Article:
Reactive Hiking: Brushy Peak Regional Preserve

Brushy Peak Regional Preserve (part of the EBRPD in CA) is my favorite place to hike. It is a smaller regional park located outside Livermore, CA. Brushy Peak was and still is recognized as sacred ground by generations of native Californians. It was once home to the Ssaoam people, a subset of the Ohlone peoples who lived and traded in the lands surrounding the peak. The preserves’ open grasslands support a diversity of wildlife, especially ground squirrels, cottontails, hawks, and golden eagles.

I have explored every trail of this park and hike at the park at least once a month. The preserve has very low foot traffic on weekdays and most Sunday mornings (I say most because this past weekend when I hiked it, there were a TON of people. But usually when I go Sunday mornings, the preserve only has a couple of cars in the lot). This preserve is one of my favorite places because of the wide trails, open spaces, low foot traffic, and dog-on-leash rules (which 99% of the time people are very good about, I have only had one interaction was an off leash dog and I have hiked in the park >20 times). I would not recommend coming to the preserve on a Saturday or a Sunday afternoon during the winter months and I would not recommend coming to the preserve on the weekends during the summer. They do have cows and they can end up blocking trails, but for the most part, your interaction with them is limited and they respond well to vocalizations (but this can be a problem if your dog is cow reactive like Odin).

Wide trails with plenty of room to create space off trail.

 

Below is a trail map of the preserve, like I said before, the trails are very wide and there is a lot of room to create space in the fields surrounding the trails. The sections I highlighted in yellow are the portions of the trail where the trails are a little tighter and you cannot access the fields to create space. Usually if Odin and I do encounter another dog in one of these sections, we back track on the trail so we can create space. There also aren’t too many blind corners (only 3 that I can count off the top of my head right now) and I like that when you are coming down from the peak, you can see the most of the trail you will be taking to the bottom (if you hike the loop in a clockwise manner), so you can see if people/dogs are heading in your direction.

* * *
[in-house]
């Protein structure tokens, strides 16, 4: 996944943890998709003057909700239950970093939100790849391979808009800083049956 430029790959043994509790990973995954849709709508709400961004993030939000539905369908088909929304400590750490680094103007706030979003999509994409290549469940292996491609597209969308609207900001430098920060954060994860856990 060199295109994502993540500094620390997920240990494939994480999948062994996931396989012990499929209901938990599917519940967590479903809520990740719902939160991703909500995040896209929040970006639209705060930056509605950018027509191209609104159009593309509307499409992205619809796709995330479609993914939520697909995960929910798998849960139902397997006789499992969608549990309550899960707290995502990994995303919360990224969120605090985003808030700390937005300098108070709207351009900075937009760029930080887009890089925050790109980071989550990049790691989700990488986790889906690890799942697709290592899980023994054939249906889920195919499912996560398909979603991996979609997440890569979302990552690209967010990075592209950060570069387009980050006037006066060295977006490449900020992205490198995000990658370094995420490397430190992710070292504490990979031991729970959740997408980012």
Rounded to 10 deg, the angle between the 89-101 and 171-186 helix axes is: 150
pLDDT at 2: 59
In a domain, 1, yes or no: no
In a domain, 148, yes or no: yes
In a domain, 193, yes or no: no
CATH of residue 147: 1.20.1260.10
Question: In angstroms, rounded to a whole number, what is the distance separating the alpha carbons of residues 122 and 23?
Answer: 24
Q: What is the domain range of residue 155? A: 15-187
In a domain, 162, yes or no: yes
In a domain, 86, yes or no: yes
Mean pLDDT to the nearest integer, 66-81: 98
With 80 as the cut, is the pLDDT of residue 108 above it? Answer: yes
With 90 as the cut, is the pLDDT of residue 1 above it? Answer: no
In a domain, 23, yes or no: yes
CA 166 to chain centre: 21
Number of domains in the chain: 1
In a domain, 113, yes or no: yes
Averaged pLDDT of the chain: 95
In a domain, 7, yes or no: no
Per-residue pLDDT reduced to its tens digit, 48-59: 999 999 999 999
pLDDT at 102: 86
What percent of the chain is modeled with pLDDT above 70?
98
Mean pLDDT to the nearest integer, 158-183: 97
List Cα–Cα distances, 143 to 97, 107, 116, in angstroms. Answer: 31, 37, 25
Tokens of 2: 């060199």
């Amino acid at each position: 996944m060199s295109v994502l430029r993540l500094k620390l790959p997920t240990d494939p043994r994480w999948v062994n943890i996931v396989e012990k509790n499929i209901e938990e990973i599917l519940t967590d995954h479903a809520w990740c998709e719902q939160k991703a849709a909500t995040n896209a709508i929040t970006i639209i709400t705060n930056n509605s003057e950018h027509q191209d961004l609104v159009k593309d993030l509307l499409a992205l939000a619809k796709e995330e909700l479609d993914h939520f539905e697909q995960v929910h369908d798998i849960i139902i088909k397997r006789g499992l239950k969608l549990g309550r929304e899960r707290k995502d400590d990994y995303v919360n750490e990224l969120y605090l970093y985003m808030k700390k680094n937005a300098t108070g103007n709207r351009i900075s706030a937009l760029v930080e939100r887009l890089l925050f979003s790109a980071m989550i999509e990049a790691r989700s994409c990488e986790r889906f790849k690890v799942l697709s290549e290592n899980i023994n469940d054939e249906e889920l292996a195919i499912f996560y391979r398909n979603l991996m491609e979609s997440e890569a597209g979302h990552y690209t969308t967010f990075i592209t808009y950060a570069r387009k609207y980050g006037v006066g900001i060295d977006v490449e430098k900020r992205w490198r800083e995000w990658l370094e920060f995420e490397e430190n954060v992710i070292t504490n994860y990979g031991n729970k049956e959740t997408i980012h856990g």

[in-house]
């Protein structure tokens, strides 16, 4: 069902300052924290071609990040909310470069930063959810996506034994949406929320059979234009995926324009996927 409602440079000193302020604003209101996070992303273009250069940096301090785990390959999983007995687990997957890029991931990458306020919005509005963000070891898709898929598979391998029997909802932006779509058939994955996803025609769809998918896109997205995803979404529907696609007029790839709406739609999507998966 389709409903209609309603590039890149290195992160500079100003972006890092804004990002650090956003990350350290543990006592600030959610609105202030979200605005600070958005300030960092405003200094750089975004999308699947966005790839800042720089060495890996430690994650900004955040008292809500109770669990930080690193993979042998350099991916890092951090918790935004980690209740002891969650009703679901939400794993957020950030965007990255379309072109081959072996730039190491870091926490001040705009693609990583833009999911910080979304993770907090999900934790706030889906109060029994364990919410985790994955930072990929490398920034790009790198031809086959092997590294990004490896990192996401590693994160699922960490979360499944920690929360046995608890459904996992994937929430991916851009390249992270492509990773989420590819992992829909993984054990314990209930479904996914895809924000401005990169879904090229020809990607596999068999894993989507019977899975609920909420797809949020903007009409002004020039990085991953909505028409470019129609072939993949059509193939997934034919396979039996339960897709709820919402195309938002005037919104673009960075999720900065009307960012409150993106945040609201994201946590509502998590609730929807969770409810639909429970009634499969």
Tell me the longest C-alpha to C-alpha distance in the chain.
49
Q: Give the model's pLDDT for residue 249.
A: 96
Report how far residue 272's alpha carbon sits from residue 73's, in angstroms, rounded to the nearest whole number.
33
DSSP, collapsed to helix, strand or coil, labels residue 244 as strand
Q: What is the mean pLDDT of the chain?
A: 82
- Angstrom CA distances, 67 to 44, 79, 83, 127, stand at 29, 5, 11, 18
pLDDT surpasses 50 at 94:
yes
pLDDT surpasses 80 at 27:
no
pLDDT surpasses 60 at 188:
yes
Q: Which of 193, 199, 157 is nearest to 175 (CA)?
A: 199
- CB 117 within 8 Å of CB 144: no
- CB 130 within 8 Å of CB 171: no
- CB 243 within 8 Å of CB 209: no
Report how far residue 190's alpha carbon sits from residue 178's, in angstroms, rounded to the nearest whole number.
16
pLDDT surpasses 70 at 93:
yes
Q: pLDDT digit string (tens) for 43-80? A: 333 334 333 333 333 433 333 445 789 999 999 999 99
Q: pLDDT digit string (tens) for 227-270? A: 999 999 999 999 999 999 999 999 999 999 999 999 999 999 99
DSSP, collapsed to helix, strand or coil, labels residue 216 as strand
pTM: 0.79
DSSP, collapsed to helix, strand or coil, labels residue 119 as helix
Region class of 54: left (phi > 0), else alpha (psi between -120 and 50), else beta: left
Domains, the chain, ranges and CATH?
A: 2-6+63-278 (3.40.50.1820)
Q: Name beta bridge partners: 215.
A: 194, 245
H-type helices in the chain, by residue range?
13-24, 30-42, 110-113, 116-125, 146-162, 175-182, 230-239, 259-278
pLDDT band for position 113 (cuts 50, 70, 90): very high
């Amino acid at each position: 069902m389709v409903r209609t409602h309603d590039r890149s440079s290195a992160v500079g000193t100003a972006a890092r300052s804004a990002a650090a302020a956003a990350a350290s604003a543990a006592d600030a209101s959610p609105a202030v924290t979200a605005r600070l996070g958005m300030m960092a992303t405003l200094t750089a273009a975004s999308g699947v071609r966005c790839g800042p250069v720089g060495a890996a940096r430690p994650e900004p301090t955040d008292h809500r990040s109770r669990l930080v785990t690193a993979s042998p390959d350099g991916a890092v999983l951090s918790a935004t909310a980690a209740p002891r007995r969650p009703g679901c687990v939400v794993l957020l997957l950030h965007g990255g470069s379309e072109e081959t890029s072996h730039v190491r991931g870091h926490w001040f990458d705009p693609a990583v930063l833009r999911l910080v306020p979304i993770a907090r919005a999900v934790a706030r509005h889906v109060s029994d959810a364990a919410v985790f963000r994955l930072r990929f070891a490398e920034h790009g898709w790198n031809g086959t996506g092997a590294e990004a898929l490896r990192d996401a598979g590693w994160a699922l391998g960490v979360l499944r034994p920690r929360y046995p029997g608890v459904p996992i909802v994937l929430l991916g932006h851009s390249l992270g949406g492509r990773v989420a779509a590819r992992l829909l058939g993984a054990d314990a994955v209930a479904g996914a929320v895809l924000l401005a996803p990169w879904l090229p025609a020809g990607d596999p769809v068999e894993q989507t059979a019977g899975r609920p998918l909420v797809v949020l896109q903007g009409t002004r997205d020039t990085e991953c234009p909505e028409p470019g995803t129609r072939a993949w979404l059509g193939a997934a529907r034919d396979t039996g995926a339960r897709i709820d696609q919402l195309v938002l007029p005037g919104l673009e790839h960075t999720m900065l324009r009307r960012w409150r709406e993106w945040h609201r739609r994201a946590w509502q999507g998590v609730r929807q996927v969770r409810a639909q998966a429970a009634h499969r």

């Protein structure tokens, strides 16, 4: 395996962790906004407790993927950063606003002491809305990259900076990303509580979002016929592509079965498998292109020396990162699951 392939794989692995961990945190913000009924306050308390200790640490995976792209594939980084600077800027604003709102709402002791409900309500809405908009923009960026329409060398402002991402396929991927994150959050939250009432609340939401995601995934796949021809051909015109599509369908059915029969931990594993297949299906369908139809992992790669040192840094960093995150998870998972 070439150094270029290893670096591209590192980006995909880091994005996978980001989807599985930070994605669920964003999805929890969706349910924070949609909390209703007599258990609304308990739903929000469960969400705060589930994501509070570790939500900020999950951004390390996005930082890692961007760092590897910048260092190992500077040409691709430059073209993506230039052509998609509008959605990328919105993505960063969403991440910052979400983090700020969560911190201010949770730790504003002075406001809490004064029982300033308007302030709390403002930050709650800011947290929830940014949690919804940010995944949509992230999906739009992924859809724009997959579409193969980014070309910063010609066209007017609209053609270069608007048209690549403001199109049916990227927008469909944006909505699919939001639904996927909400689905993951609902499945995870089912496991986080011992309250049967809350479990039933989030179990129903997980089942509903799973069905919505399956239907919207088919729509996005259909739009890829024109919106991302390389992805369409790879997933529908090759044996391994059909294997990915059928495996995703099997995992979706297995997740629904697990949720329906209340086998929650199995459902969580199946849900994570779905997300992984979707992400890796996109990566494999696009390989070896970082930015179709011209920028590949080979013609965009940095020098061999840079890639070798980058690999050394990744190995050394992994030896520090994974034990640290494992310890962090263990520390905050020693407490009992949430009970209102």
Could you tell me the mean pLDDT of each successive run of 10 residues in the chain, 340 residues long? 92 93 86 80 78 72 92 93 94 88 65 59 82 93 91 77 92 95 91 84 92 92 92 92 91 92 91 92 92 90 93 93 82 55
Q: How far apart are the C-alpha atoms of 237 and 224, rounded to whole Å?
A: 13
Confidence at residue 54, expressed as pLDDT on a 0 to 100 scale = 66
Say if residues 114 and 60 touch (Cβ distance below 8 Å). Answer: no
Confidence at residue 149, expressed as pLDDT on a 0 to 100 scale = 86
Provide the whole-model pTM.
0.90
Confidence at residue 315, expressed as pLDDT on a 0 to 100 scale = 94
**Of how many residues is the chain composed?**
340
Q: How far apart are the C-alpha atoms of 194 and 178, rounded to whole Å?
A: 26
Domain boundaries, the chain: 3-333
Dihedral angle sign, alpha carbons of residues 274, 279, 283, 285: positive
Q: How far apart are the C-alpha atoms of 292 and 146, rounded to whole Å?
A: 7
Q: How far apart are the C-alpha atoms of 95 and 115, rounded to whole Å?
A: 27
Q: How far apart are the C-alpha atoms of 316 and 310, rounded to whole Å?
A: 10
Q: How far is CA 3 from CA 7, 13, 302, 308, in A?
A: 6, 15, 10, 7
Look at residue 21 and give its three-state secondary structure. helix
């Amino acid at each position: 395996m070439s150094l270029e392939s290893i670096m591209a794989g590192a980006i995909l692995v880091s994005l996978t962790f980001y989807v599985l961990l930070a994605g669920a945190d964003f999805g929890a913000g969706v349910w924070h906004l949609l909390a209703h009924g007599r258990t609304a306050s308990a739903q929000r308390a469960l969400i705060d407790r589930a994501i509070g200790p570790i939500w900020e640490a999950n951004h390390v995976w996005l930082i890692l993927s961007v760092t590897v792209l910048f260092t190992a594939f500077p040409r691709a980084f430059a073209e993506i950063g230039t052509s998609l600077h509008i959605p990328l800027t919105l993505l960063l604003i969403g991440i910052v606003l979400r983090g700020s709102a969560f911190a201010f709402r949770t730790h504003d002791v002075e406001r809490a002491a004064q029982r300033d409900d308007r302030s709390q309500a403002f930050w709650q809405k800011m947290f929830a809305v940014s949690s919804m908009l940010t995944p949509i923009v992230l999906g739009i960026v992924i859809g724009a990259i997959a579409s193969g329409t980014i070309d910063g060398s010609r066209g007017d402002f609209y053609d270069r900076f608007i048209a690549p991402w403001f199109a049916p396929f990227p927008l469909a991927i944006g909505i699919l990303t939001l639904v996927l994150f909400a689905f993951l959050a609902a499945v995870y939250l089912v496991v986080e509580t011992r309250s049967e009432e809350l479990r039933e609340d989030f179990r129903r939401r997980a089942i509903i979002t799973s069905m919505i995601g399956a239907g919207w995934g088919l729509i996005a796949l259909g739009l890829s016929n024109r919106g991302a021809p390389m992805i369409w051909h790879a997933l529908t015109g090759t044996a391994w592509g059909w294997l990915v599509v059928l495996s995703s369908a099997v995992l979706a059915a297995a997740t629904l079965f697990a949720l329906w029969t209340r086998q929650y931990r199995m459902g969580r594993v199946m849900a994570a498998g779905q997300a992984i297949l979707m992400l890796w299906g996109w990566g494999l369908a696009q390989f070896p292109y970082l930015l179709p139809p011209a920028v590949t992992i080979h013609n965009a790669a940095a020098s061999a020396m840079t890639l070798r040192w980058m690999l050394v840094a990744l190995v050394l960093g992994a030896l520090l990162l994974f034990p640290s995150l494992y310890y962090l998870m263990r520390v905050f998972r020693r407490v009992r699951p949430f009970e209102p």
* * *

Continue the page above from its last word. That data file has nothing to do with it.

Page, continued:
Usually, I do the Brushy Peak Loop (~4.5 mi, East Side Loop Trail -> Brushy Peak Loop Trail) but lately I have been doing the 6.1 mile hike (West Side Loop Trail ->Brushy Peak Loop Trail -> Tamcan Trail  -> Laughlin Ranch Trail). Most people tend to do the preserve in a clockwise fashion, so you are less likely to pass people out on the trails. During the rainy season, the park can get pretty muddy especially if it is an area that the cows have recently passed through, so make sure you wear sturdy shoes. The views from the top of the peak are amazing and there is an area the locals call “Rock City” and it is a good place to stop, rest, and enjoy the views.

 

PROS:

  • Wide trails surrounded by open fields for creating space
  • Dogs-on-leash rule (All dogs are required to be leashed)
  • Low foot traffic during the winter months (The park has very low foot traffic on weekdays and most Sunday mornings, during the summer months there is more foot traffic on the weekends)
  • Lots of loop choices with different lengths/elevation changes

CONS:

  • Cows in the park
  • High foot traffic on weekends during summer months
  • Mountain bikers on trails

 

View From the Top of Brushy Peak

NOTE: If you have any feedback or questions about the parks please let me know! I also want to hear from you. What do you look for in a good park for reactive dogs? Where do you hike?

 

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